Are you ready for eternity?

Randy Alcorn

Rethinking Our Beliefs About Heaven


In Heaven, we'll see clearly, but won't know everything. If we knew everything, we'd be God. To see clearly and to see with far greater understanding is one thing, to see omnisciently [having total knowledge] is another. God alone is Creator, we are mere creatures. Only God is omniscient; we are and always will be finite. The popular notion "we'll know everything in Heaven" is therefore clearly wrong. When we go to Heaven we become glorified humans, we don't become God. The angels in Heaven don't know everything. Neither will we.

1 Corinthians 13:12 “For now we see through a glass, darkly; but then face to face: now I know in part; but then shall I know even as also I am known.”

Mark 13:32 “But of that day and that hour knows no man, no, not the angels which are in heaven, neither the Son, but the Father.”

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Remember . . . Praying is simply talking with God!

In keeping with our finite natures, we will experience process in Heaven. We will continually learn more of God "in the coming ages". As angels, also finite, strive to grow in their understanding, so presumably will we. As we learn more of God, it seems likely we will also learn more of other people, angels, and the wonders of God's creation. The sense of wonder among Heaven's inhabitants shows Heaven not to be stagnant, but fresh and stimulating, suggesting an ever-deepening appreciation of God's greatness, as shown in Revelation Chapters 4 & 5.

Ephesians 2:7 “That in the ages to come He [God] might show the exceeding riches of His grace in His kindness toward us through Christ Jesus.”

1 Peter 1:12 “ Unto whom it was revealed [the prophets], that not unto themselves, but unto us they did minister the things, which are now reported unto you by them that have preached the gospel unto you with the Holy Ghost sent down from heaven; which things the angels desire to look into.”

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Whether or not Heaven operates outside the scope of earth's time sequence, clearly the inhabitants of Heaven track with events happening in time as shown in Revelation Chapters 2 and 3. It is a hymn, not the Bible, which says "and time shall be no more". Revelation 8:1 speaks of "silence in Heaven for about half an hour". Even the presence of music in Heaven implies some sort of time duration, since meter, tempo and rests, which are intrinsic to music, are all time related. In any case, whether there is time in Heaven or not, Heaven seems to enter into the sequences on earth, right down to rejoicing over and anticipating specific events there. The entire book of Revelation shows a continuous interaction of Heaven with the sequential events happening on earth. This contradicts the notion that those in Heaven are alienated from or disinterested in what happens on earth.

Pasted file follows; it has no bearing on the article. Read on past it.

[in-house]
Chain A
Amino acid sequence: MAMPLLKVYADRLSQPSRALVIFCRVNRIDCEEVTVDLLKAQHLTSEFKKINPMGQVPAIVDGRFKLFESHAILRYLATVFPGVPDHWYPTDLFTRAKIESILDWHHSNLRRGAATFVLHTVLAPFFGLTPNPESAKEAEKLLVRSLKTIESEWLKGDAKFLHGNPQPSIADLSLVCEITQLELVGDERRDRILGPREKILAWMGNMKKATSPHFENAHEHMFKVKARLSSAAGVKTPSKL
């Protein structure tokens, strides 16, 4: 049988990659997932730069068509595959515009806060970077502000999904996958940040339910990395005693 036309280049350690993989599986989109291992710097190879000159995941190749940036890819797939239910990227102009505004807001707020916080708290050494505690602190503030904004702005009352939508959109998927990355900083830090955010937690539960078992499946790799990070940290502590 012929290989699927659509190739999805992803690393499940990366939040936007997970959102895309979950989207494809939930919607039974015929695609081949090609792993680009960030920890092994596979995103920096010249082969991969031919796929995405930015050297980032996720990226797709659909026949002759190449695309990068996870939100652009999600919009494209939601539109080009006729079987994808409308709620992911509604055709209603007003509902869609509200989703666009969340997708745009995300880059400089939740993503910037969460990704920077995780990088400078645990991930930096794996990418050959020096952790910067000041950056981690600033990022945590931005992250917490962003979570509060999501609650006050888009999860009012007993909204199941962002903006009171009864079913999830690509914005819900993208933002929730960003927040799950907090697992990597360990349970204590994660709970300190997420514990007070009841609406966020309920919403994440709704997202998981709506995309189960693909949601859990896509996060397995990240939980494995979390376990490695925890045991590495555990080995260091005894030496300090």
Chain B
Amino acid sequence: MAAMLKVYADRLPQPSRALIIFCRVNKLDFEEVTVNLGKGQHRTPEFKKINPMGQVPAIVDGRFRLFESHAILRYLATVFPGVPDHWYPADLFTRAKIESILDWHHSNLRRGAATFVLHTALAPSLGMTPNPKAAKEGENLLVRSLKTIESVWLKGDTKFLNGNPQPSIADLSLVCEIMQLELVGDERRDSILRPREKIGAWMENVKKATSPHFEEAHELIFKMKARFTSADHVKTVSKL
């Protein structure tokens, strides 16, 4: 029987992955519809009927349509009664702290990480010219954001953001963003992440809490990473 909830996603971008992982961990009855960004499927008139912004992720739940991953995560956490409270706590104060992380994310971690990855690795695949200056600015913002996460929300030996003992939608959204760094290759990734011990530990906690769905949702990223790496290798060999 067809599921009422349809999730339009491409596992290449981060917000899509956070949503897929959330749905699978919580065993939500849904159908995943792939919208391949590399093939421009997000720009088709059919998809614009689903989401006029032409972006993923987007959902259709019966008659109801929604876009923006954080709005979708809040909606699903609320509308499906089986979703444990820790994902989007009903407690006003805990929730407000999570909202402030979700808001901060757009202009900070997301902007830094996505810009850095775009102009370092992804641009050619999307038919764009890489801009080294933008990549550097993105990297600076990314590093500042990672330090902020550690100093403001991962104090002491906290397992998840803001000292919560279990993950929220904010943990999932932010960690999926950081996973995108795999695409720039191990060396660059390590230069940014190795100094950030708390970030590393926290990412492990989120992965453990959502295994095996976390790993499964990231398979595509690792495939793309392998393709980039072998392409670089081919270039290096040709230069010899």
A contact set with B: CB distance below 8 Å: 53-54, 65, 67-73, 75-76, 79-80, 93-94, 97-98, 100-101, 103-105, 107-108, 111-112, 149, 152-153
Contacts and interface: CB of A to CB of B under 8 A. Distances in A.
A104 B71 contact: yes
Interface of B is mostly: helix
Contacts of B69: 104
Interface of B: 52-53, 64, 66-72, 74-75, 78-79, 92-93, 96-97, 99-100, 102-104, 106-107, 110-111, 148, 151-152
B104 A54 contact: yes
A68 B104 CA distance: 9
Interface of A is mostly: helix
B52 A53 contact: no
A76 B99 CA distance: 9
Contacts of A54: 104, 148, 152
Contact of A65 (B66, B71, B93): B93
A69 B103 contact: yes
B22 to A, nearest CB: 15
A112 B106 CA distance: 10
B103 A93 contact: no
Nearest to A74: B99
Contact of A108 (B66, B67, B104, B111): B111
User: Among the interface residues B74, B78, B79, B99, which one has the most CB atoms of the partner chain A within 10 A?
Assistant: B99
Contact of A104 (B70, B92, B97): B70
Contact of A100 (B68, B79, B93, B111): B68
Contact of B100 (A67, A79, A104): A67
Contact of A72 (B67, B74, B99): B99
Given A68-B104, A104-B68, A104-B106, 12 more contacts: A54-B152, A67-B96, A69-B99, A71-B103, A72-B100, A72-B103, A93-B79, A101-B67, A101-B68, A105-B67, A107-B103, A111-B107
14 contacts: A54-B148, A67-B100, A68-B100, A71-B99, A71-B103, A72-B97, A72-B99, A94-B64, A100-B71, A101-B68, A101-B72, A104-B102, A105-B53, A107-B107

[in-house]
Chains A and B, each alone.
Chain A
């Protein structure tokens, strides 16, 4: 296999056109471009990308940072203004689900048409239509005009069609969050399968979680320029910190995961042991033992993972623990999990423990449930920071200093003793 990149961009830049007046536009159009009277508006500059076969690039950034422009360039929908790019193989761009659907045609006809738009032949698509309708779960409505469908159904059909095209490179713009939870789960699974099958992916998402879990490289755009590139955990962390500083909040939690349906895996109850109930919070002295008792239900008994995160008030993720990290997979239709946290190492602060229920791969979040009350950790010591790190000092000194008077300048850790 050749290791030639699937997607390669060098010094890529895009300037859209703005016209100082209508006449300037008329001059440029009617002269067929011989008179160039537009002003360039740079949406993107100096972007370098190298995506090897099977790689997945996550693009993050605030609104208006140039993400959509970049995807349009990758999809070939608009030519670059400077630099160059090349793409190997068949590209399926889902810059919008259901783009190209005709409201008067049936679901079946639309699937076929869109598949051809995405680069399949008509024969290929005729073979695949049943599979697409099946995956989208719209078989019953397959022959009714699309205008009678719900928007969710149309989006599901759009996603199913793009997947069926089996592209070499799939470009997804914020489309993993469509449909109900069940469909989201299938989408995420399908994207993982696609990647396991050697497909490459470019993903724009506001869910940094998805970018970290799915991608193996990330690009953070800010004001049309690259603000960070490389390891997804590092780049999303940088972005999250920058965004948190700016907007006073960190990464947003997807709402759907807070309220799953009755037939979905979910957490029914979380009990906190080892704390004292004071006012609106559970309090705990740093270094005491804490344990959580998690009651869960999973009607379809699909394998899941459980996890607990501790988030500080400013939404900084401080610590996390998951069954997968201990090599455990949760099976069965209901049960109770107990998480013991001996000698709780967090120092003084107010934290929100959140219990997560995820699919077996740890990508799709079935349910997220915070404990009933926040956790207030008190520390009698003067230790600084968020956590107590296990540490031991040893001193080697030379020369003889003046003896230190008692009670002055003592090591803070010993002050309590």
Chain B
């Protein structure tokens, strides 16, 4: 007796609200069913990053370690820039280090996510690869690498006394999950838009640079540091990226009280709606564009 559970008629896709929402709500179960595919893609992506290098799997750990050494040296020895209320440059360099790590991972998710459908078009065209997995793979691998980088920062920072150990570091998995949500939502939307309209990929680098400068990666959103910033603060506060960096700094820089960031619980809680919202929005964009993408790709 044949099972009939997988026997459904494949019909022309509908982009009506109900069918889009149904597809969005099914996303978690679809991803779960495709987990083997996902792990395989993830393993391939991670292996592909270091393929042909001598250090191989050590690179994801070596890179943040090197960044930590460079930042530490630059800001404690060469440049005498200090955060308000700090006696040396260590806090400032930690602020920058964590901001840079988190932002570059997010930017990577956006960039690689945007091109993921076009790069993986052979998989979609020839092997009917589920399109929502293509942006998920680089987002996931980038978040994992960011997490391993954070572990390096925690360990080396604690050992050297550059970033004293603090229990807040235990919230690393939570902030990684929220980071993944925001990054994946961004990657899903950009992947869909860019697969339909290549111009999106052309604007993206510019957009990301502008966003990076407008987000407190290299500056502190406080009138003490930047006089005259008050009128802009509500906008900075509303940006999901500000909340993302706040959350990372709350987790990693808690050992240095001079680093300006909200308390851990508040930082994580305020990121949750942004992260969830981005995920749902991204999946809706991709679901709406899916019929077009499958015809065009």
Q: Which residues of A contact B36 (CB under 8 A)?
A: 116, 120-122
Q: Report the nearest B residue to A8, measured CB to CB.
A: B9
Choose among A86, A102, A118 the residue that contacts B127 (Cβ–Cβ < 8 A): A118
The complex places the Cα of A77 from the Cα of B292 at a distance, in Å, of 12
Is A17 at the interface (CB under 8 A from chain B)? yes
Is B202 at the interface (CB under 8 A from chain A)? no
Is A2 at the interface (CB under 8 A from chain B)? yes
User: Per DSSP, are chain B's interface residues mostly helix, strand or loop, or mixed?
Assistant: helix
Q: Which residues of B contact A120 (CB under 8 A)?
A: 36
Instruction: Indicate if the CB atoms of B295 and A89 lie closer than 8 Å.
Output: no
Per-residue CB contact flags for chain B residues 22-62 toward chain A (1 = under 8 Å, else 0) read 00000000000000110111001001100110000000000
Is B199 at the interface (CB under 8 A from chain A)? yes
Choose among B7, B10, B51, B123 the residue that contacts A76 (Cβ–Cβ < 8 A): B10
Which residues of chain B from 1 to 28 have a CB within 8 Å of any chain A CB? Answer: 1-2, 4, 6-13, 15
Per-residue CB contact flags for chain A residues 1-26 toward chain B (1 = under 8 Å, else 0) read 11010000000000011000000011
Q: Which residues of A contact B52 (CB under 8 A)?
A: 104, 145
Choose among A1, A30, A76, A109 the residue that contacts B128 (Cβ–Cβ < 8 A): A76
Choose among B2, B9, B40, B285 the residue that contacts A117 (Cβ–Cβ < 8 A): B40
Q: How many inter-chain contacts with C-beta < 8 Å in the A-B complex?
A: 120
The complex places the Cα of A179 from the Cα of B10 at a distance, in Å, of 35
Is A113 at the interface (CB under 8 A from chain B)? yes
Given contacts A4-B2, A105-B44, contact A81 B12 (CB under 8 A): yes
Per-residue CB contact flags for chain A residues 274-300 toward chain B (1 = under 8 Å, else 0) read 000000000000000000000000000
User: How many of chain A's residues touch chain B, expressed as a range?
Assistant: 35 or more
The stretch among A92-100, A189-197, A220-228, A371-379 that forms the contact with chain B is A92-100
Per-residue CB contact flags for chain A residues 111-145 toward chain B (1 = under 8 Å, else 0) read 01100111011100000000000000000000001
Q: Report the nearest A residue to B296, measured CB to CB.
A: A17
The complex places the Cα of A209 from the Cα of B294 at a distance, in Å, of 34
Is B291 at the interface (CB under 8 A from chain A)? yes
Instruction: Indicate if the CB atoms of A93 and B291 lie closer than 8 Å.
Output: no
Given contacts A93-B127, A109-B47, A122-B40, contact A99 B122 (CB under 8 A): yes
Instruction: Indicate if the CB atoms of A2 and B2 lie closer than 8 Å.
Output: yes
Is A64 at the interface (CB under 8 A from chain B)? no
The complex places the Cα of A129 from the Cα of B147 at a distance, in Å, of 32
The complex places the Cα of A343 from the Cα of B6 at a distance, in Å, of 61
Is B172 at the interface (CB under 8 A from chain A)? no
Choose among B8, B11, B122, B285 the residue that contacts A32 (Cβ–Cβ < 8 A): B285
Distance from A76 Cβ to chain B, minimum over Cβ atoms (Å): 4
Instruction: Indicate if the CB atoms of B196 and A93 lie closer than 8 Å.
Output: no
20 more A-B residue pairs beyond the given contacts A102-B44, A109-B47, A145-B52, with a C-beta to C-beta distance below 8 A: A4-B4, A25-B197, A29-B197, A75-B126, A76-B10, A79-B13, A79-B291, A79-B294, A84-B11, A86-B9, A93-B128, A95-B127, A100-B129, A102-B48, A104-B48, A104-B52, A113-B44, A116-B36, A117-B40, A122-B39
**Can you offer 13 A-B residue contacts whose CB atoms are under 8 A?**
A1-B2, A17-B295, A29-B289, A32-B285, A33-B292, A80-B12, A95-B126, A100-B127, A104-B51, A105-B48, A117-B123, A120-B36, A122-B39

Luke 15:7 “I say unto you, that likewise joy shall be in heaven over one sinner that repents, more than over ninety and nine just persons, which need no repentance.”

Revelation 6:9-11 “And when he had opened the fifth seal, I saw under the altar the souls of them that were slain for the Word of God, and for the testimony which they held: And they cried with a loud voice, saying, How long, O Lord, holy and true, do You not judge and avenge our blood on them that dwell on the earth? And white robes were given unto every one of them; and it was said unto them, that they should rest yet for a little season, until their fellowservants also and their brethren, that should be killed as they were, should be fulfilled.”

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In Heaven, we will know each other, including those we knew on earth. Heaven will not reduce our mental capacities, but sharpen them. We will be smarter in Heaven. Scripture gives no indication of a "memory wipe" that will cause us not to recognize our loved ones and others we've known. If we wouldn't know our loved ones, the consolation of afterlife reunion in 1 Thessalonians 4:14-18 would be diminished.

1 Corinthians 13:12 “For now we see through a glass, darkly; but then face to face: now I know in part; but then shall I know even as also I am known.”

1 Thessalonians 4:14-18 “For this we say unto you by the word of the Lord, that we which are alive and remain unto the coming of the Lord shall not prevent [precede] them which are asleep. For the Lord Himself shall descend from heaven with a shout, with the voice of the archangel, and with the trump of God: and the dead in Christ shall rise first: Then we which are alive and remain shall be caught up together with them in the clouds, to meet the Lord in the air: and so shall we ever be with the Lord. Wherefore comfort one another with these words.”